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Global Justice

Part IV: Common features of the various 2011 mobilizations

The International Context of Global Outrage (in 5 parts)

Monday 16 January 2012, by Éric Toussaint

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In 2011 we come across several common features when looking at the Arab Spring, Occupy Wall Street or the Indignados movements in various countries.

1. Demonstrators reclaimed public space, they even settled there, they organized many marches. In the past radical actions have often started at places of work or study and involved their occupation. Although strikes and factory or school occupations did take place in some countries such as Egypt or Greece, the most common form of action consisted of reclaiming public space. For a significant number of protesters it was impossible to organize anything at their workplace, mainly because of repression and the dispersal of workers. Many are unemployed (this is one of the reasons for their involvement) or have to make do with some casual part-time job. In some countries we find many unemployed graduates among the demonstrators. In countries such as Spain, which was badly hit by the real estate crisis, or Israel, where there is a severe shortage of low-rent housing, many are the victims of the real estate crisis. Beyond these reasons, the determination to occupy city squares expresses the will to get together, to muster up forces in a show of strength to governments that are perceived in Tunisia, Spain, Greece, Egypt, or even in the US, as completely impervious to the needs and demands of the majority of their citizens. The demand for genuine democracy (democracia real) is at the very heart of those movements.

2. In several countries communication and mobilization partly relied on social networks such as facebook or twitter, though this should not be over-emphasized.

3. The reliance on ‘meetings’ has been another common feature. In the same vein we notice reticence or downright refusal to elect representatives. There is a call for direct participative democracy.

4. In many cases, civil disobedience has been systematically used as an act of resistance in the face of totalitarian governments (as in Tunisia or Egypt) or of a government that is so cut off from the people that is uses repression to evacuate public squares or prevent meetings (as is regularly the case in the US). This is a far remove from traditional demonstrations, that were more like processions than to protest marches.

In some respects the movement is the expression of a qualitative leap. Until now, the dominant ideology and repression had succeeded in splitting people up and making them feel isolated through fear of repression, fear of losing their jobs, lodgings, retirement benefits, savings, etc. But the depth of the crisis and the critical number of demonstrators have made it possible for many to break out of their isolation, feeling that there was not much left to lose. For many demonstrators this is the first time they have been part of a collective protest with a political dimension.

5. In most cases no list of demands was drafted, though the Indignados’ working committees did produce proposals and declarations. In this respect we ought to underline the significance of the joint declaration of protesters on Puerta del Sol and on Syntagma Square (Sol-Syntagma): ‘No to the payment of illegitimate debt. This is not our debt. We owe nothing, we sell nothing, we will pay nothing.’http://www.cadtm.org/Appel-Sol-Syntagma In the case of Tunisia and Egypt, they agreed on a central demand, namely that the dictator should step down fast: ‘Dégage!’.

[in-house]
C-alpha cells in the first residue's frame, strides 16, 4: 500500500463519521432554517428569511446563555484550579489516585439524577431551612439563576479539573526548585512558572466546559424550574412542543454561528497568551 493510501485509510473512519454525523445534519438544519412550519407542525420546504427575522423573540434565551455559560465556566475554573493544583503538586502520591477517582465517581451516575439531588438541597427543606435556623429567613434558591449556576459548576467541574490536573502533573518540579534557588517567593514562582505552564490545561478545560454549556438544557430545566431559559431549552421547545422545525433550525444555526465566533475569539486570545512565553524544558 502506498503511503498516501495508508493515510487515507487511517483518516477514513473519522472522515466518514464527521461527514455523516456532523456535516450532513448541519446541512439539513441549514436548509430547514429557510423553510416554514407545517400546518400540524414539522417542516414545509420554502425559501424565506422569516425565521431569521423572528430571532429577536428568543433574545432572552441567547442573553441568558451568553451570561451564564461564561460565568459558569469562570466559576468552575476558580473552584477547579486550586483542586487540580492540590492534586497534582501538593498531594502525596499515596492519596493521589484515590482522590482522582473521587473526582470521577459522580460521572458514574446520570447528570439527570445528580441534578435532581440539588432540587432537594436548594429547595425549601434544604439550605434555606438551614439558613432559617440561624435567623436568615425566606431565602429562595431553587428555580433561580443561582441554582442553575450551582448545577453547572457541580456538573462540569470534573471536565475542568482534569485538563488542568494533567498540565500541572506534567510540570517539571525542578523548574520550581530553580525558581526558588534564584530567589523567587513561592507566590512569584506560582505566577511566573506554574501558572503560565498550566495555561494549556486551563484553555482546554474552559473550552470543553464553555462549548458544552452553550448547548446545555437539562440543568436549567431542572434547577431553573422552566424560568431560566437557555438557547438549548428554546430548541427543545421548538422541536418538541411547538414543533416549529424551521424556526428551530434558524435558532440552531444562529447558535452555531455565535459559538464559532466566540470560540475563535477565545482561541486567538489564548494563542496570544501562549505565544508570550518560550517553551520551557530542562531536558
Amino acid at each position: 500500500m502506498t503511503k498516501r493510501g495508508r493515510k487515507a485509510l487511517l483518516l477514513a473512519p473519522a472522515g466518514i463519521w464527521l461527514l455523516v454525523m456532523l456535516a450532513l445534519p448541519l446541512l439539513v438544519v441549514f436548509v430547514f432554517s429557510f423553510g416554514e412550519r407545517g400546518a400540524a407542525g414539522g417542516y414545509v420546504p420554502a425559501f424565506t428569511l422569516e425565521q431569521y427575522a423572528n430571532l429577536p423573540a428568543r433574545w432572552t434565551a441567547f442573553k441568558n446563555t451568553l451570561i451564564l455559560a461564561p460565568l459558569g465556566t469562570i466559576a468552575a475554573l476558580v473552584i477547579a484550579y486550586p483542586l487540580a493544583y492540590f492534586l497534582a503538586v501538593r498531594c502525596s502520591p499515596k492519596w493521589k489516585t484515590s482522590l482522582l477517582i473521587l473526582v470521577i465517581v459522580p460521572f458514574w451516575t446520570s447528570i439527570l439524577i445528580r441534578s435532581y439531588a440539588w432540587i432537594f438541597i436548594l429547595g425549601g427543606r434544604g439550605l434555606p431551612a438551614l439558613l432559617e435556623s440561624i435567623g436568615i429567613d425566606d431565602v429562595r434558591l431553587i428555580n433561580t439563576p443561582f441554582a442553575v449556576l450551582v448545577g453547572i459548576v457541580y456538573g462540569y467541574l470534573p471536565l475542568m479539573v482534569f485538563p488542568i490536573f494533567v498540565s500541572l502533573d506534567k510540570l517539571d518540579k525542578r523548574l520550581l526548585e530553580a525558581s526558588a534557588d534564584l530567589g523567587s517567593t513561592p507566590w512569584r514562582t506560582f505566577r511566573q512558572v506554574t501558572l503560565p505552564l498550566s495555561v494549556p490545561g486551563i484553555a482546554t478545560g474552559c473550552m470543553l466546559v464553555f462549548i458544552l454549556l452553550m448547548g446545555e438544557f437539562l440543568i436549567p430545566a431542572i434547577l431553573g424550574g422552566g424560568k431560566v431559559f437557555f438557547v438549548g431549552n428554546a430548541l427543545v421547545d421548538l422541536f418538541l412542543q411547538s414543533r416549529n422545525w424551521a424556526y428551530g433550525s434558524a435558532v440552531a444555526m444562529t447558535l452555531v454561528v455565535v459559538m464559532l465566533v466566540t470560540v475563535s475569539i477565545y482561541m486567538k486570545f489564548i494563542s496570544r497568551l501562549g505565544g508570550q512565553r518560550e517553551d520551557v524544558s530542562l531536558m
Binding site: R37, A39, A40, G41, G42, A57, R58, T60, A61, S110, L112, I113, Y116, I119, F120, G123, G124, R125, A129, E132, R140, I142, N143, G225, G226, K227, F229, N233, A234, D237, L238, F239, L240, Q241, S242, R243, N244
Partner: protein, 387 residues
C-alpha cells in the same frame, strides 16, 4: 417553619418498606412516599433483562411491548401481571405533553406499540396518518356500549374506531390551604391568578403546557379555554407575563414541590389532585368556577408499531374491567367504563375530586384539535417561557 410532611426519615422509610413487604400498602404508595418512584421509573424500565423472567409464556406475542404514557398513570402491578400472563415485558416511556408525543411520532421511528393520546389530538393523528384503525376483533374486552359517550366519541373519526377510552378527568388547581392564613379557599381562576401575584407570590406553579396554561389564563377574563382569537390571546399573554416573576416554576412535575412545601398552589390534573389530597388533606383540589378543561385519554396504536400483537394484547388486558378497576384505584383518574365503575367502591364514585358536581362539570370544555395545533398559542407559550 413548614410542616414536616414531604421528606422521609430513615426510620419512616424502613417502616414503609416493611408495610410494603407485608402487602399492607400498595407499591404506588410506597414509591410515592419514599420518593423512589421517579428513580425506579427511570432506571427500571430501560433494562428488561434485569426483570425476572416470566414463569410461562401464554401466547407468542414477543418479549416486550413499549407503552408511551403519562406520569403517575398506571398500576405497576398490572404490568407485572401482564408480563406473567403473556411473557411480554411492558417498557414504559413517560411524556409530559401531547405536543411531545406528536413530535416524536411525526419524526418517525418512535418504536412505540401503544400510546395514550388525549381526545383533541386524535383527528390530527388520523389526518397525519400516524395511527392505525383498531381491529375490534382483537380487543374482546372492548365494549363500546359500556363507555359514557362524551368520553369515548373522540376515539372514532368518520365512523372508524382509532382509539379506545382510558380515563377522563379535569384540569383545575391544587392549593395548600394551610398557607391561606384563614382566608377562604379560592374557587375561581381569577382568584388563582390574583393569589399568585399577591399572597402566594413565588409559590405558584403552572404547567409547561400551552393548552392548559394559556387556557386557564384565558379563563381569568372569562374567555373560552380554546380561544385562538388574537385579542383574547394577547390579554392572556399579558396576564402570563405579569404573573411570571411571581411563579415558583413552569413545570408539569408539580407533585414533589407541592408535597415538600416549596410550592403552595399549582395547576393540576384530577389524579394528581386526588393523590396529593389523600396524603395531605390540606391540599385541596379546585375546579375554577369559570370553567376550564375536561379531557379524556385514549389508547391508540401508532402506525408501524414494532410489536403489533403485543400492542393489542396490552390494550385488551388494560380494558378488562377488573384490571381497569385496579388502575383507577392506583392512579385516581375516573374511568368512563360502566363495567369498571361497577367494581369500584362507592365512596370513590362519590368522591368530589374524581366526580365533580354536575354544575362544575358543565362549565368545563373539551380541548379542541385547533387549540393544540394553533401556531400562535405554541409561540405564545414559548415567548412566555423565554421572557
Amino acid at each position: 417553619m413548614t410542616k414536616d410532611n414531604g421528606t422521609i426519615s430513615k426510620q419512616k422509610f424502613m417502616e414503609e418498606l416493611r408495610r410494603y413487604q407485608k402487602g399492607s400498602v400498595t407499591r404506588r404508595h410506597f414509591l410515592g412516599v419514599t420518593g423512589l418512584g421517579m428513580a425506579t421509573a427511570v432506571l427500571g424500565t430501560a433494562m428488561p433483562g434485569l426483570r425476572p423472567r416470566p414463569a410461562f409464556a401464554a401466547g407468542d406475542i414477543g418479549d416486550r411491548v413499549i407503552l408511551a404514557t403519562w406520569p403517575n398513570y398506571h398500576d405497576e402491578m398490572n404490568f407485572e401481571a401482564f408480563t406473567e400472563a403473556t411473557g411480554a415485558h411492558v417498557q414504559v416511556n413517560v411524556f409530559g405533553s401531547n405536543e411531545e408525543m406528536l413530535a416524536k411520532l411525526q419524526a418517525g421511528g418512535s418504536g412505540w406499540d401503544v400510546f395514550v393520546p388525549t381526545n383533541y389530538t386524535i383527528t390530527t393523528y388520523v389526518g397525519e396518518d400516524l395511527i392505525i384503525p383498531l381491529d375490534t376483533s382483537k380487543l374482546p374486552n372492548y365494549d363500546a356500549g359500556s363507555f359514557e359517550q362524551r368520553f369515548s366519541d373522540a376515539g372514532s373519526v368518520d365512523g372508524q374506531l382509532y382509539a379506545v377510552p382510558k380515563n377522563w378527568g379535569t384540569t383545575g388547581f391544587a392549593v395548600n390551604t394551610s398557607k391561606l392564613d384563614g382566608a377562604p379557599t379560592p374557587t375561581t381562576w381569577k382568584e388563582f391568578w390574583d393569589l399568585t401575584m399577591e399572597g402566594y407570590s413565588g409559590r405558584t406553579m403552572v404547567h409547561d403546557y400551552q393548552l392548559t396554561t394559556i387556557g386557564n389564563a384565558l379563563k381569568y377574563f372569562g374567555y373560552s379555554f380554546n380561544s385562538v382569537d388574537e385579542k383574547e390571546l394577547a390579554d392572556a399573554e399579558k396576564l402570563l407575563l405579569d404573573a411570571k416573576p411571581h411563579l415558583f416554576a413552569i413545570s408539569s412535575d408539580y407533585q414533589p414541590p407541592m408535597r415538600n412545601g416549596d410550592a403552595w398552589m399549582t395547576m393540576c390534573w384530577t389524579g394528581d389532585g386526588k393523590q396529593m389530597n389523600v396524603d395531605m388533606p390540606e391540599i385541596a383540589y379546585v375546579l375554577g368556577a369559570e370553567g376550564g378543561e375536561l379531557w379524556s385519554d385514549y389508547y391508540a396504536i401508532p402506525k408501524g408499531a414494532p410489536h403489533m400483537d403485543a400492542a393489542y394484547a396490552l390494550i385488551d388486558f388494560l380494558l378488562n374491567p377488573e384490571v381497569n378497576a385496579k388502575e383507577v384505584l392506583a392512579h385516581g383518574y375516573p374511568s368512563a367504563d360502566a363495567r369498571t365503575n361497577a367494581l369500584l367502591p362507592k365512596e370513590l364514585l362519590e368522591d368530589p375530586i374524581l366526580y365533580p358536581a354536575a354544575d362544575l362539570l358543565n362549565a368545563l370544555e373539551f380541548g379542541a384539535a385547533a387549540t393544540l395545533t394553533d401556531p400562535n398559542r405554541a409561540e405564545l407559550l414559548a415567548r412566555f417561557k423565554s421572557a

6. Protesters did not come together on any community basis, whether political, generational, religious, social, or ethnic. There is a real medley, even if some of the categories that are the most exploited are sometimes under-represented. The Occupy Wall Street slogan was soon adopted all over the world: ‘We are the 99%’.

We could add a seventh common feature: nowhere have the World Social Forum, the European Social Forum, or the Social Forum of the Americas served as reference. Nor is there any reference to an antiglobalization or global justice movement. In this respect the cycle that opened with the creation of the WSF in 2001 seems to be completely over, another cycle has started, we will see what it opens onto. What matters is to be part of it.

As well as these common features, there are glaringly obvious differences. In North Africa and the Middle East the main targets are dictatorial regimes (though the social issue is indeed present and even a triggering element). In more industrialized countries the targets are banks and lackey governments. Defending public goods is a demand they share. The social issue is voiced by refusing precarious jobs, rejecting the privatization of public services (education, health care, etc.), demanding a solution to the housing and mortgage crisis (particularly in Spain and in the US, where students also have to take out loans that amount to USD 1,000 billion), and more generally by refusing to pay for a crisis that was caused by 1% of very rich people…

Among industrialized countries there is also a marked difference between the radical Greek movement, with its similarities to the pre-revolutionary crisis seen in Argentina in 2001-2002, and the situation in Spain, not to mention the US. The diverging histories of the social movements in these countries and the different degrees of recognition of hard left political parties (the Greek radical left with the Communist Party amounts to 25 to 30% of voters and can thus have a significant influence on trade unions, as indeed in Portugal, while the situation is completely different in the States) have not been erased by the movement that emerged in 2011.

Translated by Christine Pagnoulle in collaboration with Vicki Briault